i)     The interest rate swap was discussed at the Audit and Governance Committee, and the approach was approved.


Whistleblowing Policy

Additional documents:


Ross Jago (Head of Governance, Performance and Risk) introduced this item and highlighted:


a)    There had been no updates made to the policy since it had been approved by the Committee in 2022/23.


In response to questions, supported by Liz Bryant (Head of Legal Services), the following was discussed:


a)    Trade Unions were happy with the policy;

b)    Ross Jago (Head of Governance, Performance and Risk) agreed to provide members with an explanation as to why people such as Councillors, agency workers and contractors were exempt from the Whistleblowing Policy;

c)    It was suggested that Section 3.4 be considered for re-wording, as it put too much pressure on people to put their name to a whistleblowing report;

d)    Section 2.2 did not include inappropriate behaviour, so Ross Jago (Head of Governance, Performance and Risk) agreed to provide information to members on how this would be dealt with through existing HR policies, or if it needed to be included in the Whistleblowing Policy;

e)    It was suggested that Section 6.1 a should be changed to ‘any Councillor’;

f)     It was suggested that ‘MP’s’ be included in Section 6.1;

g)    Ross Jago (Head of Governance, Performance and Risk) agreed to provide information to the Committee on process if the Service Director was the subject of a Whistleblowing issue.


The Committee agreed to note the Whistleblowing Policy.


Internal Audit Plan 2024/25 pdf icon PDF 167 KB

Additional documents:


Louise Clapton (Audit Manager, Devon Audit Partnership) introduced the report and highlighted:


a)    The key objective of the Devon Audit Partnership (DAP), as Plymouth City Council’s (PCC) internal audit provider was to understand the key risk of the Council and to examine and evaluate the adequacy and effectiveness of the risk management and to contribute to the proper economic efficient and effective use of resources;

b)    DAP had a statutory duty to provide an annual audit opinion and this is formed from a wide range of information include external audits, external reviews and improvement plans;

c)    Strategic and operational risks, global risk themes, previous internal audit work, the ongoing management action tracking, internal audit work, budget pressures and savings plans had all been considered in preparation for 2024/25;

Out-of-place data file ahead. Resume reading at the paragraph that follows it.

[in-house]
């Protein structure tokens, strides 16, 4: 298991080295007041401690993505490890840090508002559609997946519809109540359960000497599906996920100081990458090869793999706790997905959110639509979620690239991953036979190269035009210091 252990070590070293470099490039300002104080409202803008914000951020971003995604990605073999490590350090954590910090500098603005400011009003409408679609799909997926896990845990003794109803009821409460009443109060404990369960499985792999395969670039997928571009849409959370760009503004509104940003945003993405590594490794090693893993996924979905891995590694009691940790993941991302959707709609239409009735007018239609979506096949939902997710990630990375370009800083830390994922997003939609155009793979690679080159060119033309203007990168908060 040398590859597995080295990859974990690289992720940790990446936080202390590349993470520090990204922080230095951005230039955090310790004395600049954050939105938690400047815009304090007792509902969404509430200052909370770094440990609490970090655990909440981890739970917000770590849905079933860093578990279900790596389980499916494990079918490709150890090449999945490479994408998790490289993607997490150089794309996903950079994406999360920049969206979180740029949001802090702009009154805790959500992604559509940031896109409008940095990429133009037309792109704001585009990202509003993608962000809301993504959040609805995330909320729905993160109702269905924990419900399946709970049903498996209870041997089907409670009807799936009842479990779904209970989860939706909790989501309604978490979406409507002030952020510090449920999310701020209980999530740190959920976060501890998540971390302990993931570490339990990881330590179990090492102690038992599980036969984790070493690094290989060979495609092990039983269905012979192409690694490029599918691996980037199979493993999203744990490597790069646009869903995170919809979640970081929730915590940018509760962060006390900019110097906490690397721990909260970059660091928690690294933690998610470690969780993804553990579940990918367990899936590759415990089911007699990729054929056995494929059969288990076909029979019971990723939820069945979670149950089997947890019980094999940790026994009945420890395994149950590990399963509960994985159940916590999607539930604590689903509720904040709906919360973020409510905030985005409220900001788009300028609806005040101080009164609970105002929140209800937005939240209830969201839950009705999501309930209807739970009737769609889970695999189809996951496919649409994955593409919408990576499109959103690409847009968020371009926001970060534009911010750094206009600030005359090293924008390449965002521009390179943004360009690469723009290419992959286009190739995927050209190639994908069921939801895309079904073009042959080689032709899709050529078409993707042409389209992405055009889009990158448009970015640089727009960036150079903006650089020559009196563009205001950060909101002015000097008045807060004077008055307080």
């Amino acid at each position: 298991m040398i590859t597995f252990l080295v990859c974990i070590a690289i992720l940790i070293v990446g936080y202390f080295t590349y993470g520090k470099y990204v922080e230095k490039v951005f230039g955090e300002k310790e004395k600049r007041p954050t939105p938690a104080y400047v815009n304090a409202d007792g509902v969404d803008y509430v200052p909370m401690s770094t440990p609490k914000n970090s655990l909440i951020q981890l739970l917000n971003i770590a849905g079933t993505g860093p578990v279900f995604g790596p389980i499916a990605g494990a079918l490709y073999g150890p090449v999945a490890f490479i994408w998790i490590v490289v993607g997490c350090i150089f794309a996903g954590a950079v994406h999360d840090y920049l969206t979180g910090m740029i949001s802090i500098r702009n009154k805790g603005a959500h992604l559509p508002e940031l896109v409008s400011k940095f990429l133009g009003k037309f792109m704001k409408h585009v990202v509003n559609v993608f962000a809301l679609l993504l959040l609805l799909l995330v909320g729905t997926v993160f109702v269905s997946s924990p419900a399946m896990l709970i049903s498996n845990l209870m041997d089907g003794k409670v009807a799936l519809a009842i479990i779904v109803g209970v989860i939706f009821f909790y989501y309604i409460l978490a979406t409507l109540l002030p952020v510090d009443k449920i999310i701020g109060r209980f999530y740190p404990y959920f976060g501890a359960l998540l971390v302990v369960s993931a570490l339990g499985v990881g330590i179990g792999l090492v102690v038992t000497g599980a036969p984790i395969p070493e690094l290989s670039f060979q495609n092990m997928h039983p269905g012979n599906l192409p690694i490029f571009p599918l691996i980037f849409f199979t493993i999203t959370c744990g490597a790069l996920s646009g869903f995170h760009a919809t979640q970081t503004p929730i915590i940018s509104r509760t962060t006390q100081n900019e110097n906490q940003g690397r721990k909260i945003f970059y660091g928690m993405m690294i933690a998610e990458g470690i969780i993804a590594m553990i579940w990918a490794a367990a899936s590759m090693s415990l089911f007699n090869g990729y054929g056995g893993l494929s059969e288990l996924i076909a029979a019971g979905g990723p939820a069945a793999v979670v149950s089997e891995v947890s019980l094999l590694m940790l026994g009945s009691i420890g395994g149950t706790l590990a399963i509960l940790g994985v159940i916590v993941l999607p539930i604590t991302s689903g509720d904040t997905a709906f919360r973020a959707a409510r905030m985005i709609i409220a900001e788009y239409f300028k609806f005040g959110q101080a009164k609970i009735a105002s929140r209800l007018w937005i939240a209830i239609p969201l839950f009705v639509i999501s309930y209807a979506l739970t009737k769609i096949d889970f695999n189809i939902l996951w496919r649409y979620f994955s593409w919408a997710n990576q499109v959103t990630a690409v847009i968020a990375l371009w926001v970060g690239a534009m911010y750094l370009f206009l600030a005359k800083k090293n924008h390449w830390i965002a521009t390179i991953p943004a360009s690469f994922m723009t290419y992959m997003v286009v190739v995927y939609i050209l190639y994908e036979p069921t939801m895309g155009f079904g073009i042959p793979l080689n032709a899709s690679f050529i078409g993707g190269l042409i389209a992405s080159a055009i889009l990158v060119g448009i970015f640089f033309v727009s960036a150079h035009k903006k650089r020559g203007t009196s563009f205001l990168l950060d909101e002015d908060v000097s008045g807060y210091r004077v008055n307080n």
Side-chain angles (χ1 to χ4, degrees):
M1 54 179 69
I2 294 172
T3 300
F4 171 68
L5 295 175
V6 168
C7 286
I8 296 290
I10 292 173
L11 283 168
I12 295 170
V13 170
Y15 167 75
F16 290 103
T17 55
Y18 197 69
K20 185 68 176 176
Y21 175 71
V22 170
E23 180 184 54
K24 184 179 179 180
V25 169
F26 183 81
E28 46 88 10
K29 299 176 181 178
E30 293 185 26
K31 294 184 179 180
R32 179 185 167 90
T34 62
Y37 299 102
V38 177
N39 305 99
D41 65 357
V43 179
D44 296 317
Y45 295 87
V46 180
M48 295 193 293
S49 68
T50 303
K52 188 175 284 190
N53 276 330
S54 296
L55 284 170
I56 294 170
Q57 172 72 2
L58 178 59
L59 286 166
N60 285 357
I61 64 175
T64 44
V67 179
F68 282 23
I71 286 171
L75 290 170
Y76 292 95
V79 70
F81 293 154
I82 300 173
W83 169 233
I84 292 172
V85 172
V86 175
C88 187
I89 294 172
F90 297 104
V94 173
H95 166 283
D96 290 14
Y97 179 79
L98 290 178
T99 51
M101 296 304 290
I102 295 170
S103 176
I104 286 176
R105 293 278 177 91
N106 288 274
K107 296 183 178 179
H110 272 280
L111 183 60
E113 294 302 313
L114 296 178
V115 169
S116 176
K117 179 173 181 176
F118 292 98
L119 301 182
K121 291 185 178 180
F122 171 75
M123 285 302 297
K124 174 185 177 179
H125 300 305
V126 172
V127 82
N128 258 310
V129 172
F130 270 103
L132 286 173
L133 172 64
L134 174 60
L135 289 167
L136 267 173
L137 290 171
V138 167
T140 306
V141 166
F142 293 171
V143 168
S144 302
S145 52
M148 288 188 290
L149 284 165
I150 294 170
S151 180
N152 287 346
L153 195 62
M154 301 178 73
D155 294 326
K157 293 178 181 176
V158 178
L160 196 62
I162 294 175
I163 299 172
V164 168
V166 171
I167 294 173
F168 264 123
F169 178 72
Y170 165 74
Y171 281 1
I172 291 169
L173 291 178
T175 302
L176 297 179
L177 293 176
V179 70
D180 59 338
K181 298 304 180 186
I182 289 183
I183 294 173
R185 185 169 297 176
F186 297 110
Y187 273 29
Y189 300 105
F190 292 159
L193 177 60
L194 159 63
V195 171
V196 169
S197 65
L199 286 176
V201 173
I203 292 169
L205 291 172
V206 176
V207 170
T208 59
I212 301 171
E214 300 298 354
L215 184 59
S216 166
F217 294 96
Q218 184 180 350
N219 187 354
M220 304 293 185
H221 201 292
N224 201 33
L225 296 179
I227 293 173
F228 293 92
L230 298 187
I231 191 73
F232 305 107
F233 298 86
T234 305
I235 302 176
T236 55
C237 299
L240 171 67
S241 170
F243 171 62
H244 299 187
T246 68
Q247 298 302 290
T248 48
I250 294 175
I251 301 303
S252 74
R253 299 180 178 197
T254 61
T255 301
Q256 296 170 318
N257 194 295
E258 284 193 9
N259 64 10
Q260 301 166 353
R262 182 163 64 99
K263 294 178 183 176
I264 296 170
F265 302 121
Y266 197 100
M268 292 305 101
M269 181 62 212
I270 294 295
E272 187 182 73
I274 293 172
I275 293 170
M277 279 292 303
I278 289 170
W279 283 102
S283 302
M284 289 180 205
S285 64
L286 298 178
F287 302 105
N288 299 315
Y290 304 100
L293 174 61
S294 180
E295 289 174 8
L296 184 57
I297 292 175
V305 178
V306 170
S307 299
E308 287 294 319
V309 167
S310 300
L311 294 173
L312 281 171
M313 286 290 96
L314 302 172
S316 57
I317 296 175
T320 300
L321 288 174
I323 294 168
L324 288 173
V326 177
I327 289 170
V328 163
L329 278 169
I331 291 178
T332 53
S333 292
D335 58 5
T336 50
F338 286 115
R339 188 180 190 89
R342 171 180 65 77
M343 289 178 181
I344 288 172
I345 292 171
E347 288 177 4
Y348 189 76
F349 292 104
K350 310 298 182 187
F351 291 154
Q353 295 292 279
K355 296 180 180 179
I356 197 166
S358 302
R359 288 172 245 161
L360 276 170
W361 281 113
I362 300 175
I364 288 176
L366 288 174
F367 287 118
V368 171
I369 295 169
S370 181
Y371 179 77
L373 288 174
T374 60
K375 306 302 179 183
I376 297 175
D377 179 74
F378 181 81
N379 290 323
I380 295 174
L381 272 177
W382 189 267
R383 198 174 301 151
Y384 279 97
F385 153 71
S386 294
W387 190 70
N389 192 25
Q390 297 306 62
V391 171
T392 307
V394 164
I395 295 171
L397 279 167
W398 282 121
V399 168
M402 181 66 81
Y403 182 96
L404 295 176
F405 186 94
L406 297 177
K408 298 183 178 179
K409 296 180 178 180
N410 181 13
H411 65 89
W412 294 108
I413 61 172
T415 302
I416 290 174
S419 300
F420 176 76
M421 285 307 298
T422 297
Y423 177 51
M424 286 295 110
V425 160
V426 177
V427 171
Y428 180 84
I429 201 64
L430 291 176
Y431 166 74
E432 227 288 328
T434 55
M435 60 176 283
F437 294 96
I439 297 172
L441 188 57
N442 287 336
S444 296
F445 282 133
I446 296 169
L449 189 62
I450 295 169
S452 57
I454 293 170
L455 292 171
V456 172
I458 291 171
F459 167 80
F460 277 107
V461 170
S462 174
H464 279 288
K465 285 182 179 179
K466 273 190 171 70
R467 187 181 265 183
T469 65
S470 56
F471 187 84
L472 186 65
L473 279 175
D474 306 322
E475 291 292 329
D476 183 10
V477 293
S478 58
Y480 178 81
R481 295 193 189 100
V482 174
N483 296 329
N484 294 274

d)    The detailed scope and objectives of each of the areas under review would be developed at the audits were undertaken during the year;

e)    The Internal Audit Plan would be subject to change throughout the year in order to remain agile and responsive to Council risks and audit needs, and the Committee would be kept updated at meetings throughout the year.


The Committee agreed to note the report.


Treasury Management Practices, Principles and Schedules 2024/25 pdf icon PDF 952 KB


Wendy Eldridge (Lead Accountancy Manager) introduced the report and highlighted the following points:


a)    The Council had an authorised overdraft limit with Barclay’s at £100,000;

b)    Interest rate risk had featured throughout 2023/24 and would continue into 2024/25;

c)    Projections of Bank of England rate reductions and the sources of other local authority lending being limited in the final quarter;

d)    The authority aimed to be a responsible investor and would consider environmental, social and governance issues when investing;

e)    It was recommended practice that local authorities invested in banks and fund that were signatories to the UN principles of responsible banking and in funds that were operated by managers that were signatories to UN principles of responsible investment, Net Zero asset managers alliance, and the UK stewardship code;

f)     At times of high borrowing the Council had taken measures to hold borrowing at fixed rates;

g)    Borrowing to support cash flow would continue to be a risk;

h)    Treasury Management staffing increased;


In response to questions, and supported by David Northey (Service Director for Finance), the following was discussed: